Who Will Control Data Sharing In Web-Connected Vehicles?

When a driver takes delivery of a new car, the relationship with the manufacturer is only getting started. Not only might that consumer return to the dealership for repairs, but that consumer, perhaps unknowingly, is serving as a rolling laboratory for the vehicle maker. That’s because data generated by the car flows to the manufacturer, which accumulates the information and analyzes it, using those findings to improve future models.

That data-based relationship between company and consumer offers business opportunities for technology firms. A recent example of that comes from Otonomo, which is based in California and has launched a “Consent Management Hub” that, according to the company in a press release, “provides an efficient way for connected car drivers to take control of the sharing of their personal automotive data.”

The Product

In general, the product is designed to simplify the driver opt-in process for data sharing with OEMs, and to give vehicle owners a fuller picture of the data being shared with companies, with an interest in learning more about driving habits.

“Data security and privacy are among the most critical drivers or inhibitors in the next generation of mobility services,” said Sarwant Singh, senior partner at Frost & Sullivan. “Automotive OEMs and mobility service providers know how important it is to be responsible data stewards and earn consumers’ trust.”

According to automotive industry observers, nearly every new vehicle that is bought or leased is, by default, programmed to share data with manufacturers. Vehicle owners must consent to the data sharing, but they often give their permission unknowingly when signing lengthy or multiple documents at the time of purchase — when consumers are often eager to take the keys and drive off the lot.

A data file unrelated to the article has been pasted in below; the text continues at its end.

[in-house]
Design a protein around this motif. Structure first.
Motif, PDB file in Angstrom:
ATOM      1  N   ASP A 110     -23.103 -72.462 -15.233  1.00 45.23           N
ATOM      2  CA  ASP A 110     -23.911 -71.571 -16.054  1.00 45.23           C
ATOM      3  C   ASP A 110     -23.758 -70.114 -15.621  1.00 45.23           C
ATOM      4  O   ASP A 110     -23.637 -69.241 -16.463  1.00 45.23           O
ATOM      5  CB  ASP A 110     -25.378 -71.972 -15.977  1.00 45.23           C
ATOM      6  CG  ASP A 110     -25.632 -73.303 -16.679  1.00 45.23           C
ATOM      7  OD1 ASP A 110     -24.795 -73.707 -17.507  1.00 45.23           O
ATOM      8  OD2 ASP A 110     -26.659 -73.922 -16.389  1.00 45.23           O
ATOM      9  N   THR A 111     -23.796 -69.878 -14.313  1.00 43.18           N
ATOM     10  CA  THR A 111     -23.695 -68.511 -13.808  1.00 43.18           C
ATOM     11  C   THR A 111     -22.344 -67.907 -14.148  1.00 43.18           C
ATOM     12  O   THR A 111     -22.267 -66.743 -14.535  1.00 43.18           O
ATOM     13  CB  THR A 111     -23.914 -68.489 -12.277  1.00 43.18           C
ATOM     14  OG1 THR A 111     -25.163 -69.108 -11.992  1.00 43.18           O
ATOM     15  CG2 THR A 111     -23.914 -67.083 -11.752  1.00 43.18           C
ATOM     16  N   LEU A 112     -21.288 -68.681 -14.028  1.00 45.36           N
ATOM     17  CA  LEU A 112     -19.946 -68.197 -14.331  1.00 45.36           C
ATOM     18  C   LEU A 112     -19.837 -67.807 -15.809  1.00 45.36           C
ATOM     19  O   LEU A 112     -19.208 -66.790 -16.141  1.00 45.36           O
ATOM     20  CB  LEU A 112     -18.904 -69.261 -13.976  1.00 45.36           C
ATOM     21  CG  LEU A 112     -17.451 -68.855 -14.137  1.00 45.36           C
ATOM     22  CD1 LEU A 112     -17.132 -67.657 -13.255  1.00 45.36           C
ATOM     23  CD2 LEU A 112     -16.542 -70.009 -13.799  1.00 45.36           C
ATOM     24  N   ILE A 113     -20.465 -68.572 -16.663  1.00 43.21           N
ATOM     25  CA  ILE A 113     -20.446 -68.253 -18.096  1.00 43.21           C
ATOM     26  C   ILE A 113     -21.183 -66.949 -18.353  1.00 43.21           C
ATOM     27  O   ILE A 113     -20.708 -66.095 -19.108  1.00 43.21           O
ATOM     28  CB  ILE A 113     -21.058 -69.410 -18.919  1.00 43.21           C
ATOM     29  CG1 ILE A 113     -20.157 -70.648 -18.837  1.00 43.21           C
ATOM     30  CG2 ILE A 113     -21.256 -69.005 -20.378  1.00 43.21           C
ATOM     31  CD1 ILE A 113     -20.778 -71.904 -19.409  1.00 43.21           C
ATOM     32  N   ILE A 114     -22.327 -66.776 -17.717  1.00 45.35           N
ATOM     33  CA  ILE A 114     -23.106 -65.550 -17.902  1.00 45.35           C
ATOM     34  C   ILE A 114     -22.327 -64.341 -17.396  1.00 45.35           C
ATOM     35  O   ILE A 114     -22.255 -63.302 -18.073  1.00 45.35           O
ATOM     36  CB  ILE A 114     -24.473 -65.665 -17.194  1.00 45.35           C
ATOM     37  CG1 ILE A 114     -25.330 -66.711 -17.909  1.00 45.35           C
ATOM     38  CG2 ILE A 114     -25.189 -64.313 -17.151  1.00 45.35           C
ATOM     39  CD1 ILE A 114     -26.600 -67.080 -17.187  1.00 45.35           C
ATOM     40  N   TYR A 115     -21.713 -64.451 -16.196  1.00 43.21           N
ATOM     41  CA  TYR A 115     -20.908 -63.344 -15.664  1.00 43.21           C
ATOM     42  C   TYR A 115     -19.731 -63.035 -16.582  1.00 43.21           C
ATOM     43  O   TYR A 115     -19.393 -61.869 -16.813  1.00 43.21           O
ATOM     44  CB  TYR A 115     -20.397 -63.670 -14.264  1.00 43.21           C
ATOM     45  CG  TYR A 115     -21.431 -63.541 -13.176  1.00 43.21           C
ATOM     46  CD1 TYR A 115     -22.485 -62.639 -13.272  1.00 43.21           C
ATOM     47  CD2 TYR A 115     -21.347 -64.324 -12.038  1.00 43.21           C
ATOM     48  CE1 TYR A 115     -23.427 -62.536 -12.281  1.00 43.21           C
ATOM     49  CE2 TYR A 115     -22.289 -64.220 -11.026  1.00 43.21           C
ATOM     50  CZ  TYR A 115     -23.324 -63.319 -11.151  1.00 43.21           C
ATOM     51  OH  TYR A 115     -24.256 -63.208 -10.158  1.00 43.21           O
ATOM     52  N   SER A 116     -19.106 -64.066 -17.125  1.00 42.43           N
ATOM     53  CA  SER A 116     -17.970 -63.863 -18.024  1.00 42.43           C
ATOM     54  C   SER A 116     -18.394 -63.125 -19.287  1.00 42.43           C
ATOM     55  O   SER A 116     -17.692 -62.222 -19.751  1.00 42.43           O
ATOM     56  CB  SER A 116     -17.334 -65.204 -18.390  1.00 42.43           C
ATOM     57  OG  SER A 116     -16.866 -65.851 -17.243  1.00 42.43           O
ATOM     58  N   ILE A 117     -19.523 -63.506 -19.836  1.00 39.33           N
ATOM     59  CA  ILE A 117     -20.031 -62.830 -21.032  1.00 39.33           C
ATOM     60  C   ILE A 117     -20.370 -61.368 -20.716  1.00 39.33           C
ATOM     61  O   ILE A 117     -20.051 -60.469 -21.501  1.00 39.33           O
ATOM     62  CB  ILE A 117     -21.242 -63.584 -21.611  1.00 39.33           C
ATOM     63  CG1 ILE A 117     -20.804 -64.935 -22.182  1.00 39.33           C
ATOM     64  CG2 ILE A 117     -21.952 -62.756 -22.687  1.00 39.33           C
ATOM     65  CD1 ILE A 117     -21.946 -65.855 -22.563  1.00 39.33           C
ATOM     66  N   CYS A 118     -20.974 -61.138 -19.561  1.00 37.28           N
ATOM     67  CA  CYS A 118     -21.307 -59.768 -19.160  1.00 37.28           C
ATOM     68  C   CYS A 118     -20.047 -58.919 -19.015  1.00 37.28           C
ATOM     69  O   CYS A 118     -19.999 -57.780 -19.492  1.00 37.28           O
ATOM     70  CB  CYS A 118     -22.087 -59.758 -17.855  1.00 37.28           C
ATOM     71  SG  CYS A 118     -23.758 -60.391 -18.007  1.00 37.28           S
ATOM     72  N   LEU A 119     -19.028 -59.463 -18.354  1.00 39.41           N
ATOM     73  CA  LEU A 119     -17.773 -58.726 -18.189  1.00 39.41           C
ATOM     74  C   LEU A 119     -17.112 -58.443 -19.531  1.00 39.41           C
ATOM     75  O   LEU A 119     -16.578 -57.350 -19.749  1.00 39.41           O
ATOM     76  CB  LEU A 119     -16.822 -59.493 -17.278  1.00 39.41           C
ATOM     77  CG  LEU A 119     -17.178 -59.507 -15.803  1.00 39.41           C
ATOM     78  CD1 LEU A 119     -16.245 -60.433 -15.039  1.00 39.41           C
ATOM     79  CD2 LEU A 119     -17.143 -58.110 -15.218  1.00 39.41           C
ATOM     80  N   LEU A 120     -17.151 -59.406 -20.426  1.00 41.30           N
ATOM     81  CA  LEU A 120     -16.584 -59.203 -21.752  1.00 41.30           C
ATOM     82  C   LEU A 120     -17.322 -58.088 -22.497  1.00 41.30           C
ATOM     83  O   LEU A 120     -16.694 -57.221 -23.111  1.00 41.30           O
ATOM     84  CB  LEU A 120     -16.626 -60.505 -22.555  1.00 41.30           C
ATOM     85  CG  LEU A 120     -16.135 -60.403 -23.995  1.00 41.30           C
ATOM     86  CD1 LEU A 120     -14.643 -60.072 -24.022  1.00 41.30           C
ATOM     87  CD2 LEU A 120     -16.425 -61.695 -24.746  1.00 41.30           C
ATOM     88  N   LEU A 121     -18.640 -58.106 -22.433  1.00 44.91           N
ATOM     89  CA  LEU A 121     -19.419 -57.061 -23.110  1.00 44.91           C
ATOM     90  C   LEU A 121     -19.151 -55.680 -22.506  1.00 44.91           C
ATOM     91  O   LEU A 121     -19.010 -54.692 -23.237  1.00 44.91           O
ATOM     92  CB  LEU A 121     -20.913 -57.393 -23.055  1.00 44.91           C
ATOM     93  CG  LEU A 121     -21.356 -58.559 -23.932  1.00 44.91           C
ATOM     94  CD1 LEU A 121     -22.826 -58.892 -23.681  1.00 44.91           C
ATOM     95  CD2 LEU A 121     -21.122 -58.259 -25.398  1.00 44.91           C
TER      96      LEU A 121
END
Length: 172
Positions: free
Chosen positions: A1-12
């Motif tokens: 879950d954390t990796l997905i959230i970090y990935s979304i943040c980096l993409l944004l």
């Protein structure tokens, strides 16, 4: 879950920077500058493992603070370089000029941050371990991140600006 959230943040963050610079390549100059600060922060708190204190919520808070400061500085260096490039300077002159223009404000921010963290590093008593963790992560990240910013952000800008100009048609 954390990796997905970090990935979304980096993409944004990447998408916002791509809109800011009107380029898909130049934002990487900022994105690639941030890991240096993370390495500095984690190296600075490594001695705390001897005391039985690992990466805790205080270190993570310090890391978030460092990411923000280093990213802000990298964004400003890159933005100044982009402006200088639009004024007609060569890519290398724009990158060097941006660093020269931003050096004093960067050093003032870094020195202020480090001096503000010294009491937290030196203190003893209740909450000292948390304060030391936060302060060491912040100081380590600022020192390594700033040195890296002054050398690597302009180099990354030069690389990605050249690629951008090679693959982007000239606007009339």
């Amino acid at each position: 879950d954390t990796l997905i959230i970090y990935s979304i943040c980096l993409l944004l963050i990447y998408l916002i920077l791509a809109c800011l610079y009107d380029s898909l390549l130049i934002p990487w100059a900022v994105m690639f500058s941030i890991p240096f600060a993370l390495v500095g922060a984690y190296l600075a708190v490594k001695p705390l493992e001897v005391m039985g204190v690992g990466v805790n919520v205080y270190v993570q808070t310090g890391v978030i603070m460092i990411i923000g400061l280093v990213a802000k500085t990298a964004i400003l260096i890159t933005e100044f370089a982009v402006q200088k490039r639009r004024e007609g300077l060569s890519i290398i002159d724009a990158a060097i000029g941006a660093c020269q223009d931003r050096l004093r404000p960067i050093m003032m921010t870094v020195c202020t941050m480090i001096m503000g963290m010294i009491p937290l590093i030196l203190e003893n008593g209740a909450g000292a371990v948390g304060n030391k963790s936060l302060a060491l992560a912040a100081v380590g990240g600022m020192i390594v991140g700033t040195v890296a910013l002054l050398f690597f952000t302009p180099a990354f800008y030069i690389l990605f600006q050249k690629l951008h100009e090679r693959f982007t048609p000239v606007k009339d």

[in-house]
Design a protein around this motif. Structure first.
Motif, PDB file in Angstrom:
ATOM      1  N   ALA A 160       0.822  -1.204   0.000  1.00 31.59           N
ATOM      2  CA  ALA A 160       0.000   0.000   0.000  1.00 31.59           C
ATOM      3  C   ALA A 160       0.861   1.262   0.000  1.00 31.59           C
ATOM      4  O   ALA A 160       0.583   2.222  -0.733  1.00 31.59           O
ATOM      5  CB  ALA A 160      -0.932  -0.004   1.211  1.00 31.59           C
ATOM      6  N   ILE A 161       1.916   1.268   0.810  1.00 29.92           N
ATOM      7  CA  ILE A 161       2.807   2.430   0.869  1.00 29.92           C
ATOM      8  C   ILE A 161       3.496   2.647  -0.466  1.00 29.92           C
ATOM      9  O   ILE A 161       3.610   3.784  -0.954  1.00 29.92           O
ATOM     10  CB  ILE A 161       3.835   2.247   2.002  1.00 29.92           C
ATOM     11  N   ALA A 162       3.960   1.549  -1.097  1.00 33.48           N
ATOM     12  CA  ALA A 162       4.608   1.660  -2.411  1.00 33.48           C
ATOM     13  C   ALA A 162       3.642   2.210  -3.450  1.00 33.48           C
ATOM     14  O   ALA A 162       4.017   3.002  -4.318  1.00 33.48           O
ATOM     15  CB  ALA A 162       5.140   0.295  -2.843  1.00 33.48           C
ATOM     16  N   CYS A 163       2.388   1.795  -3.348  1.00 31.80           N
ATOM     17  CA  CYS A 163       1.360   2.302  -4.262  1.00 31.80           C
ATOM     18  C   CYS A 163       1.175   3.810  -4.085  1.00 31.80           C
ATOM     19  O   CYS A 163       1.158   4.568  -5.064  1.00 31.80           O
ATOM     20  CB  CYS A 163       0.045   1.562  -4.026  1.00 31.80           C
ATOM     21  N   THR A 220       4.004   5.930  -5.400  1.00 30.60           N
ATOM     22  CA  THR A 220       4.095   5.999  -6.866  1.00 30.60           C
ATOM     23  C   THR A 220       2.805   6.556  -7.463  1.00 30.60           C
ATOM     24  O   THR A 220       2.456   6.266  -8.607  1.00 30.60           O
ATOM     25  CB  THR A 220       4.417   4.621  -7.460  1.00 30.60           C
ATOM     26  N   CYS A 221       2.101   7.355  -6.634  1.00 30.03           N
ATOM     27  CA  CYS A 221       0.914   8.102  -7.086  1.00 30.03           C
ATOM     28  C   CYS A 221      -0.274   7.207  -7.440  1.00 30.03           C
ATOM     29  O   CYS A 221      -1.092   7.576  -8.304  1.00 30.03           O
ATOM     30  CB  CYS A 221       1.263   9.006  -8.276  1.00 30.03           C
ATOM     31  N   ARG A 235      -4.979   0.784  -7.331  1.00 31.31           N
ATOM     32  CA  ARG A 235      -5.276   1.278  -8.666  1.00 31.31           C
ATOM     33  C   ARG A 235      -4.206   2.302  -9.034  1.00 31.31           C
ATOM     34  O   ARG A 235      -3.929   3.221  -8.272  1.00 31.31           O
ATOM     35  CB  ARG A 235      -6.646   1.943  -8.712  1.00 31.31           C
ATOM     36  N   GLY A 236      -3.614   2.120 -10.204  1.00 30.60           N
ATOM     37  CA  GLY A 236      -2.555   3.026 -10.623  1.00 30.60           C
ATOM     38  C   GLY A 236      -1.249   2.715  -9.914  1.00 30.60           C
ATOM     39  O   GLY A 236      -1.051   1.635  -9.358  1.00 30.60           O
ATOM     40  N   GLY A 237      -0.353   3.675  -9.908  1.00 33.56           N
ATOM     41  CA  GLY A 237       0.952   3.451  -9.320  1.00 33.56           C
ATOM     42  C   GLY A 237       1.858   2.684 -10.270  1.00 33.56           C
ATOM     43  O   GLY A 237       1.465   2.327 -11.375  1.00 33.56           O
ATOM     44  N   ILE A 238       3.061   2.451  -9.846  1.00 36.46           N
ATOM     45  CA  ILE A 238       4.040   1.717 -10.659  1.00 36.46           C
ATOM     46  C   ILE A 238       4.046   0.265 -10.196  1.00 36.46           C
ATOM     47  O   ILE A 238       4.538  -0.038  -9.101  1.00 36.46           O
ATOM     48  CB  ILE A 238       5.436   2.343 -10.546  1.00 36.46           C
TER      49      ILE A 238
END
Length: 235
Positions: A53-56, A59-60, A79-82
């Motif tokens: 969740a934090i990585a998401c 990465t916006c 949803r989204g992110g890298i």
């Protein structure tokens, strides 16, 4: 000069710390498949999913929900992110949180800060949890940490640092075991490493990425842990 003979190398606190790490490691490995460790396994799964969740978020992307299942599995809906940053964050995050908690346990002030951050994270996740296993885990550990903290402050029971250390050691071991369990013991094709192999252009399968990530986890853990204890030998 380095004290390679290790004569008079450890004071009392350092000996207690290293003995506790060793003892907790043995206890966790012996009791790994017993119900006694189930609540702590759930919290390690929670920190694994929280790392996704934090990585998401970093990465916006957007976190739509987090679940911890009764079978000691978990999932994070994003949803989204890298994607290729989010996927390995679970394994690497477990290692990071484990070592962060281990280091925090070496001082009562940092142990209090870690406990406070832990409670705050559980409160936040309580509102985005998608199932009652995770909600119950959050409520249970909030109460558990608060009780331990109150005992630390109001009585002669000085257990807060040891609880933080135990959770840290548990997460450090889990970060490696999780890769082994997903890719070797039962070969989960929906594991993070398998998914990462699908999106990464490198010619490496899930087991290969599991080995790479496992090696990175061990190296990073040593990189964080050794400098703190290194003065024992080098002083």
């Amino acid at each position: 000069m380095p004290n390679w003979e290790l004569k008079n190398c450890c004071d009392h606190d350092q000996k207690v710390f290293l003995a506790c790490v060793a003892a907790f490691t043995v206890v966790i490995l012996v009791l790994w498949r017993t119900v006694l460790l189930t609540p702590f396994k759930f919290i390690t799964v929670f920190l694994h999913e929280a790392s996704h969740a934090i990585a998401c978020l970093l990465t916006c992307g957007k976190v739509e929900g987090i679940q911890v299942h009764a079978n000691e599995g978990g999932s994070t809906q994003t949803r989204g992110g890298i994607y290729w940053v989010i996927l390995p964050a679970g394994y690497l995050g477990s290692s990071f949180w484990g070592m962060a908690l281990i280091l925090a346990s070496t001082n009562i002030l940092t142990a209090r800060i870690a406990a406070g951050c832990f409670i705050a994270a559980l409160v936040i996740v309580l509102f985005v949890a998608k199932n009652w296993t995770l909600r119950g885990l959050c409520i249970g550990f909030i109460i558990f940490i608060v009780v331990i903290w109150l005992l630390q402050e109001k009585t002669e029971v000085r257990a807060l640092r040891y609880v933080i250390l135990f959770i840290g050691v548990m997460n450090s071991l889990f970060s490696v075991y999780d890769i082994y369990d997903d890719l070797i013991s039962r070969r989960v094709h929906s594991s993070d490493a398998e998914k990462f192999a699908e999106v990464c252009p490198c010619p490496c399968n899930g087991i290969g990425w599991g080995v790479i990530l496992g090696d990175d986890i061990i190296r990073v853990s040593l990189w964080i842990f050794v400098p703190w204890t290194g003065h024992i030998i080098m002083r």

Automotive data sharing promises to become as much a part of daily consumer life as, say, crafting personalized online ads based on browsing and eCommerce habits. For now, automotive data-sharing does seem to focus on improving safety and vehicle performance, with no solid evidence of that information being used for advertising or product recommendations.

Data Growth To Come

However, the mountain of data gathered from driving habits will certainly grow significantly in the coming years. Some 78 million existing vehicles are already connected to the web, according to an estimate from ABI Research. By 2021, 98 percent of all new vehicles sold in the United States and Europe will have web connections. The software in those vehicles — the source of all that data — also continues to get more complex, which only increases the available well of information.

“The first space shuttle contained 500,000 lines of software code, but compare that to Ford’s projection that by 2020 their vehicles will contain 100 million lines of code,” said Lisa Joy Rosner, CMO of Otonomo.

A look at recent news related to the advancement of self-driving vehicle technology shows how vehicles are becoming as much about the software as the hardware. A deal announced last week that involves MicrosoftIntel and SoftBank, along with a mapping startup called Mapbox, could lead to better navigational capabilities for cars and trucks in the near future. One of the products from Mapbox, for instance, “lets either a mobile phone or a car’s computer see the road as the car drives, picking out things like lanes or speed-limit signs,” according to Reuters.

A Security Risk

The data flow from connected cars might serve to make vehicles safer and more efficient, or eventually enable better marketing, but all those web connections present juicy opportunities for criminals, according to Phil Yannella, an attorney at Ballard Spahr who focuses on privacy and data security, in a blog and podcast earlier this year.

“The development of autonomous driving vehicles will likely increase the risk of hacking,” he said. “These cars will have multiple connection points. There will be connections between the Computer Area Network, which is kind of the brains of the car, as well as its component parts its brakes, the drive train, etc. There will be connections between the car and the manufacturer. There will be connections between the car and other autonomous vehicles on the road, as well as any wired public infrastructure.”

So far, he said, 20 states have passed laws related to self-driving vehicles. But “most of these laws implement fairly ministerial changes, like making it clear under state law that autonomous driving vehicles are permissible on state roads, provided that vehicles comply with other state laws,” he said, adding that “detailed work” on data security and privacy for vehicles will have to take place the federal level.